The Century Foundation, a progressive think tank, today released three reports outlining a range of strategies to increase racial and socioeconomic diversity in K-12 public schools. The reports are designed as “toolkits” for school and district leaders nationwide, providing educators with concrete steps and best practices for diversifying their student body and integrating their classrooms.

For years, TCF experts have been leaders in the school integration movement, producing research demonstrating the many benefits of diverse classrooms, tracking the rise of intentionally diverse schools, and spotlighting educators making school diversity a priority. The toolkits released today build off this body of work, offering recommendations to schools of varying size, location, and demographics.

“Decades of research show that socioeconomically and racially diverse schools don’t just benefit students regardless of their individual backgrounds, but also strengthen communities and our society as a whole,” said Halley Potter, TCF senior fellow and author of two of the three toolkits. “With these toolkits as a starting point, we hope to provide the increasing number of teachers who want to integrate their classrooms with the tools and resources they need to do so successfully.”

Summaries of the three toolkits are available below. Each report covers a different aspect of school diversity efforts: 1) recruitment and enrollment; 2) classroom integration; and 3) intergroup relationships. In addition to the specific policy recommendations, the toolkits include various examples of schools that have pursued integration with success, as well as key considerations and common challenges faced when integrating.

TCF researchers have established an email address for teachers and school leaders who want to learn more about integrating their own schools, or would like to connect with one of the schools featured in the reports: [email protected]. In the coming months, TCF will also be releasing reports that outline public policies to promote equity in charter schools and highlight the benefits of school diversity, in addition to a 50-state policy “scorecard” on charter school diversity.

Strategies for Educators to Build Diverse Schools

Toolkit #1: Recruiting and Enrolling a Diverse Student Body
Authored by TCF senior fellow Halley Potter, this report focuses on ways to create and sustain a racially and socioeconomically diverse student body. It is intended for choice-based public schools, i.e. schools that build their student body using lottery-based enrollment rather than a defined attendance zone, such as charter and magnet schools. Strategies in this toolkit are divided into three sections:

  1. Setting diversity goals. Establishing clear targets to define what is meant by “integration” and measure progress against it, taking into account underlying community demographics and existing research on school diversity.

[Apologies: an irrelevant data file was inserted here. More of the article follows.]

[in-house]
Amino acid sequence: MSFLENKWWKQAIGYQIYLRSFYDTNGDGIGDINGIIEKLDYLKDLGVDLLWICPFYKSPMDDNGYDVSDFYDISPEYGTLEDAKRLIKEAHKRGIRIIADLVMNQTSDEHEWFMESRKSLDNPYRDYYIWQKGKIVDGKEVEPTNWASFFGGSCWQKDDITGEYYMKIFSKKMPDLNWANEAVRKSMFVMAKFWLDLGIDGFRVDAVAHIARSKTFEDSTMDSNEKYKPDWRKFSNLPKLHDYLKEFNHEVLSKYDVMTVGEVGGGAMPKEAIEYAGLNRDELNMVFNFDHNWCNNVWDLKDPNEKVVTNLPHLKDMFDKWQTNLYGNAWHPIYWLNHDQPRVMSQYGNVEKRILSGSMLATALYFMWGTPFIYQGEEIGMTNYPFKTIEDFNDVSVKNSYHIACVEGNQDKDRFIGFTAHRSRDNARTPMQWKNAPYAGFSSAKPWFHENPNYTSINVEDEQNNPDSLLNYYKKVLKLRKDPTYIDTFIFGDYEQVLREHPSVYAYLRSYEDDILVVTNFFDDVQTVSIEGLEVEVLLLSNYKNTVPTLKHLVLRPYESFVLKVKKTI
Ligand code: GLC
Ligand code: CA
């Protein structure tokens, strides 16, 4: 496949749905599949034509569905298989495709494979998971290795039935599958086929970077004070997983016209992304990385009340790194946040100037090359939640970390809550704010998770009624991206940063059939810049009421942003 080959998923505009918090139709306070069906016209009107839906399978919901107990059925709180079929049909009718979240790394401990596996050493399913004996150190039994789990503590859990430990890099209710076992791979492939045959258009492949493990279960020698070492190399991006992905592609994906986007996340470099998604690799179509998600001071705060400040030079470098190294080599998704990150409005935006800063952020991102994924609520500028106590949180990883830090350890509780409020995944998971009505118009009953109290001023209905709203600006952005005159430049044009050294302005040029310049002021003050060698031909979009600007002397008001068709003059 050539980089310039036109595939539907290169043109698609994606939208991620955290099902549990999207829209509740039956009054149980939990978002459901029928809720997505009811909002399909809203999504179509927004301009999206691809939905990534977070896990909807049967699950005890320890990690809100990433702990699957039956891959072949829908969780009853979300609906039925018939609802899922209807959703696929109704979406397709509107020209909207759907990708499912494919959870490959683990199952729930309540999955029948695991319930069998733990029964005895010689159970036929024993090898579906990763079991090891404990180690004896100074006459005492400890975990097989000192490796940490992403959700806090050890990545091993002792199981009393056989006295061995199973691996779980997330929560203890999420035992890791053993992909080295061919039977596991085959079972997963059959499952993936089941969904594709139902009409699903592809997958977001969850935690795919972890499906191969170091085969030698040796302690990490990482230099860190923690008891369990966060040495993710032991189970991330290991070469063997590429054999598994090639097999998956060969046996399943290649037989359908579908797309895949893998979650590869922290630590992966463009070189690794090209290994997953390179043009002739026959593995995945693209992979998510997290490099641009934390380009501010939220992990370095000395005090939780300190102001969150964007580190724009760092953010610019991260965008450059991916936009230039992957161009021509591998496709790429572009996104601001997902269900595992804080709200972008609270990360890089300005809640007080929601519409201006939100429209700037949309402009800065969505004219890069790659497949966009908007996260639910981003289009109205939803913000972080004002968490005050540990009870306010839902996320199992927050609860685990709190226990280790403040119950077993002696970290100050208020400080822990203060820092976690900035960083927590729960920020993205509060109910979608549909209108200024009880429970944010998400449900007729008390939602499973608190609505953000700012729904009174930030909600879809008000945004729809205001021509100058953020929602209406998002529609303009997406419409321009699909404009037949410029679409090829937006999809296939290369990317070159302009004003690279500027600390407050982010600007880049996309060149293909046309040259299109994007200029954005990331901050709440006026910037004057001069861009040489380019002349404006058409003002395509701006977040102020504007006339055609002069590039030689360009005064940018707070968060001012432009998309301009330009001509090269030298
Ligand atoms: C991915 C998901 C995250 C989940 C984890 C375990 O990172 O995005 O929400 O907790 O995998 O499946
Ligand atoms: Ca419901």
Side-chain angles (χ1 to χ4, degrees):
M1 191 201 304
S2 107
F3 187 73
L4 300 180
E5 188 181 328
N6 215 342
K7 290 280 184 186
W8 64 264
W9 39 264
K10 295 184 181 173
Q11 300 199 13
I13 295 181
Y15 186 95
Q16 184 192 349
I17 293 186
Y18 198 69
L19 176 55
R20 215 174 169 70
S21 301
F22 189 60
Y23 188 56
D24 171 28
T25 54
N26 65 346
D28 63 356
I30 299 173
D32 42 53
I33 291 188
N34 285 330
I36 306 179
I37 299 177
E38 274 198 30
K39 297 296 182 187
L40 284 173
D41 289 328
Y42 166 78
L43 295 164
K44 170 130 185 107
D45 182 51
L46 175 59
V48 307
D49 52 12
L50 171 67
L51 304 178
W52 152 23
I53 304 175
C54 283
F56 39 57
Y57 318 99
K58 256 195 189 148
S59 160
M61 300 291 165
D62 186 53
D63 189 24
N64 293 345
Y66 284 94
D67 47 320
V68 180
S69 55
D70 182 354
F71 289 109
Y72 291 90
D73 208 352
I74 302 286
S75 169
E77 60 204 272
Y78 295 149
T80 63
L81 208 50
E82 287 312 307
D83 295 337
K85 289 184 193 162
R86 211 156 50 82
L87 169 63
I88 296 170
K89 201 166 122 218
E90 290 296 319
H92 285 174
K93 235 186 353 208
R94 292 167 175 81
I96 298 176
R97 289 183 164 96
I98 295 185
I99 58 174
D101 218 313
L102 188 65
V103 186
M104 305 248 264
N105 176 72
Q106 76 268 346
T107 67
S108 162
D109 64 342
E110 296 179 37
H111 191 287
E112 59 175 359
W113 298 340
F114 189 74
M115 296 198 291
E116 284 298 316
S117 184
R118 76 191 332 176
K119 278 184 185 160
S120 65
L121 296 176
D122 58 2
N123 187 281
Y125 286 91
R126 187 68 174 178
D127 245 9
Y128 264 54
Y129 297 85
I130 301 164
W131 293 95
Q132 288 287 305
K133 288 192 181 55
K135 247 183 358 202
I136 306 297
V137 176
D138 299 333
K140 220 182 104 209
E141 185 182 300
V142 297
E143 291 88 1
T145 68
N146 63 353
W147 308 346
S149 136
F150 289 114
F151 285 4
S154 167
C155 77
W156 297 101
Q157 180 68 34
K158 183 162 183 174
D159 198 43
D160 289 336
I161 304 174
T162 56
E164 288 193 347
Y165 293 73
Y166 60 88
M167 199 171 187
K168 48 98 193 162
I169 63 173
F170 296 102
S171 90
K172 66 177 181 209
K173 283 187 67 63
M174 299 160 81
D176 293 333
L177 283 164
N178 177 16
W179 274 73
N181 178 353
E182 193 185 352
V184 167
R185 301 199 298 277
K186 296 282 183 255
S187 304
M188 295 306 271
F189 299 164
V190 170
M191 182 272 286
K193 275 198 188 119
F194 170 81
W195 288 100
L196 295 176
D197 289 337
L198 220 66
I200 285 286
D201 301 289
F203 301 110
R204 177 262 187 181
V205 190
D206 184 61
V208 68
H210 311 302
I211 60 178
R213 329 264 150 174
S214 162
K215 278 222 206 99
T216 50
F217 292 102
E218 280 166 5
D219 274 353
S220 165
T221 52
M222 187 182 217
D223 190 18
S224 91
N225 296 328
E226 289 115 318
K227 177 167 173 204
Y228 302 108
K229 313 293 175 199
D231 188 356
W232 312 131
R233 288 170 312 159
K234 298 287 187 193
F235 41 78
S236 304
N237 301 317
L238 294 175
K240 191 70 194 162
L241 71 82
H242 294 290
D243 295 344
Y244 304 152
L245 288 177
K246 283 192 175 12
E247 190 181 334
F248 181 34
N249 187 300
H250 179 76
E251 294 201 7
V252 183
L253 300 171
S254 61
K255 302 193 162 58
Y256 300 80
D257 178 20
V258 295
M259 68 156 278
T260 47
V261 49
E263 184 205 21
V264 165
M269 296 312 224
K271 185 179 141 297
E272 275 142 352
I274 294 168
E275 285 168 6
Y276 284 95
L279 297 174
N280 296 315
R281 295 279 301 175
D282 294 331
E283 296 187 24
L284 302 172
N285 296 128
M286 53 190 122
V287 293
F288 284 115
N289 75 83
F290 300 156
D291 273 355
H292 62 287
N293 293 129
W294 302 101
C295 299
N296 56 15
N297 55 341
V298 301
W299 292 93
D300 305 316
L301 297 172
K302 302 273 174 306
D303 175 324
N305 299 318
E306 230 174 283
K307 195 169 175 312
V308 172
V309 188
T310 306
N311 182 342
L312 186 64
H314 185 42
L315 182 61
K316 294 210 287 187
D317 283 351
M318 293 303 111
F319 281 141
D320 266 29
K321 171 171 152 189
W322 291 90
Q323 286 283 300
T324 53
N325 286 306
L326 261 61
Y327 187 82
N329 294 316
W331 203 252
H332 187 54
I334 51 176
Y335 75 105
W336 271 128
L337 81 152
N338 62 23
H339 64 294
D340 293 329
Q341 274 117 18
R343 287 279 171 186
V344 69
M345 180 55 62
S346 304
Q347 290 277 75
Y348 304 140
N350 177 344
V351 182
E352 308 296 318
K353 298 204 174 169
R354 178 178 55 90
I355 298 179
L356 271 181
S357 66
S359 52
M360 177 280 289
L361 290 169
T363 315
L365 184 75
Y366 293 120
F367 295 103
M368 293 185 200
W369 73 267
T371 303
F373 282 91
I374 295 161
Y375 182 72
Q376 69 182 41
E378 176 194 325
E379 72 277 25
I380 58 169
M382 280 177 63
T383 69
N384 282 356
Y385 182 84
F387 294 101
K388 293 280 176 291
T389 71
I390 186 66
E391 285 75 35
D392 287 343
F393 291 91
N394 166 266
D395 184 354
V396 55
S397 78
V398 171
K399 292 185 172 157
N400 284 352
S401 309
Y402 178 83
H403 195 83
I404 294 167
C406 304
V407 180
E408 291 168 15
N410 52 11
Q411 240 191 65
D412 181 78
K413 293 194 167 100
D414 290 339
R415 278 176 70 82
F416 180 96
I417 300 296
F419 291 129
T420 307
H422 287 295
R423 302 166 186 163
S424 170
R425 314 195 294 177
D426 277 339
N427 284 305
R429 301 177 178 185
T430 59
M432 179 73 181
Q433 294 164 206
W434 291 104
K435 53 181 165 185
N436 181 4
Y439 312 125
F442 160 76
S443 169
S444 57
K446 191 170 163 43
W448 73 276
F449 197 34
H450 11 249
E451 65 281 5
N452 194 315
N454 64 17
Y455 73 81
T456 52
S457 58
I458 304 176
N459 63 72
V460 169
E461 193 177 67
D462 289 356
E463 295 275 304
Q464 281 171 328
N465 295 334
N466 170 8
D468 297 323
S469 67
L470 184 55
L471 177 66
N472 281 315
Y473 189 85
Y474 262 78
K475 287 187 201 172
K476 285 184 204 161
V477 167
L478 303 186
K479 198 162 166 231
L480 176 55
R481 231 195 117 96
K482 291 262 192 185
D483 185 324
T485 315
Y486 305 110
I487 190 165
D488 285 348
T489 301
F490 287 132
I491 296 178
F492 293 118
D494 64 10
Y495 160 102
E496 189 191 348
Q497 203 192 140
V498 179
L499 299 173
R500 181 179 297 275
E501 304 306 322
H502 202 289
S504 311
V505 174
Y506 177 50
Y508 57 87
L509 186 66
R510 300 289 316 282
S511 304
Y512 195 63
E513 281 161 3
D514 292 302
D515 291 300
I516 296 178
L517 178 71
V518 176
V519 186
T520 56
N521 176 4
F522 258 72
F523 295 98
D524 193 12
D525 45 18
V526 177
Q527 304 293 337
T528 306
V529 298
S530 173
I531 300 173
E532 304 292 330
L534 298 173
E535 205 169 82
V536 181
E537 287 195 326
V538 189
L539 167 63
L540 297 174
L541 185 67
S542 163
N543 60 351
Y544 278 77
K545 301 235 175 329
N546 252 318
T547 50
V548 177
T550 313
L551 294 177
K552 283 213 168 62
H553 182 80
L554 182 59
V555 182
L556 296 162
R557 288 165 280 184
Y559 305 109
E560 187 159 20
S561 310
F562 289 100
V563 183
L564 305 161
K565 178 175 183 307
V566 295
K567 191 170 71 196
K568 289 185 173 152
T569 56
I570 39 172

2. Recruiting a diverse pool of applicants. Once diversity goals are in place, schools should conduct an equity audit of their application process, survey families to better understand community priorities, and be strategic in spreading the word (e.g. through holding community events, partnering with local groups, and advertising).
  3. Enrolling a diverse student body. Schools should monitor applicant pool diversity, implement a weighted lottery if possible, and follow-up with admitted families to ensure enrollment.

Toolkit #2: Integrating Classrooms and Reducing Academic Tracking
Authored by TCF senior fellow Halley Potter, this report focuses on ways to reduce segregation among classrooms in a school, and meet the needs of all students within integrated settings. Strategies in this toolkit are divided into three sections:

  1. Schoolwide enrichment programs (or “SEM”). Rethink who gets access to “gifted” education by creating opportunities for students with different achievement levels to engage in enrichment learning together around a shared interest.
  2. Open and/or embedded honors courses. Implement a system in which all students take a class together, but students can choose to take the class for honors by completing extra assignments.
  3. Diversify enrollment in AP or IB classes. Close existing gaps in participation in high-level courses, with the goal of having all student subgroups enroll in these classes at the same rate.

Toolkit #3: Fostering Intergroup Contact in Diverse Classrooms
Authored by TCF senior policy associate Kimberly Quick, this report focuses on ways to reduce segregation within classrooms in a school, and foster meaningful relationships between students across race and class. Strategies in this toolkit are divided into three sections:

  1. Supportive norms within schools. Build a culture that encourages relationships across lines of difference, through establishing a shared vision, equipping adults to lead by example, and involving the community in the life of the school.
  2. Cross-racial friendships among students. Promote non-academic diverse spaces such as student groups, encourage social activities and intergroup play, let children express themselves, and monitor and measure group interactions.
  3. Cooperative learning strategies. Facilitate intergroup contact within the classroom, such as intentionally pairing students of different backgrounds in detracked classrooms and incorporating project-based and experiential learning assignments.